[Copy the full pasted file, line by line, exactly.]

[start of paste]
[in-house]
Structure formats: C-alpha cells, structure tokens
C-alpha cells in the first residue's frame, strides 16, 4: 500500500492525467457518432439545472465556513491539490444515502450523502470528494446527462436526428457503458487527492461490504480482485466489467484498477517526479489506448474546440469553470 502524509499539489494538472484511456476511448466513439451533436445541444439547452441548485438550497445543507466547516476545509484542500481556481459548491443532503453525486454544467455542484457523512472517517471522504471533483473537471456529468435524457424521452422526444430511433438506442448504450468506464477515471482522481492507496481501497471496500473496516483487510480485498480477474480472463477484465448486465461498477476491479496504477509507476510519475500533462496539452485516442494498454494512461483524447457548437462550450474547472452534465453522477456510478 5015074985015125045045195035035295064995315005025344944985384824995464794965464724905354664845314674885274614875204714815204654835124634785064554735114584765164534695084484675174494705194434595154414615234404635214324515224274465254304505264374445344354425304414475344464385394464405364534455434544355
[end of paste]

[in-house]
Structure formats: C-alpha cells, structure tokens
C-alpha cells in the first residue's frame, strides 16, 4: 500500500492525467457518432439545472465556513491539490444515502450523502470528494446527462436526428457503458487527492461490504480482485466489467484498477517526479489506448474546440469553470 502524509499539489494538472484511456476511448466513439451533436445541444439547452441548485438550497445543507466547516476545509484542500481556481459548491443532503453525486454544467455542484457523512472517517471522504471533483473537471456529468435524457424521452422526444430511433438506442448504450468506464477515471482522481492507496481501497471496500473496516483487510480485498480477474480472463477484465448486465461498477476491479496504477509507476510519475500533462496539452485516442494498454494512461483524447457548437462550450474547472452534465453522477456510478 5015074985015125045045195035035295064995315005025344944985384824995464794965464724905354664845314674885274614875204714815204654835124634785064554735114584765164534695084484675174494705194434595154414615234404635214324515224274465254304505264374445344354425304414475344464385394464405364534455434544355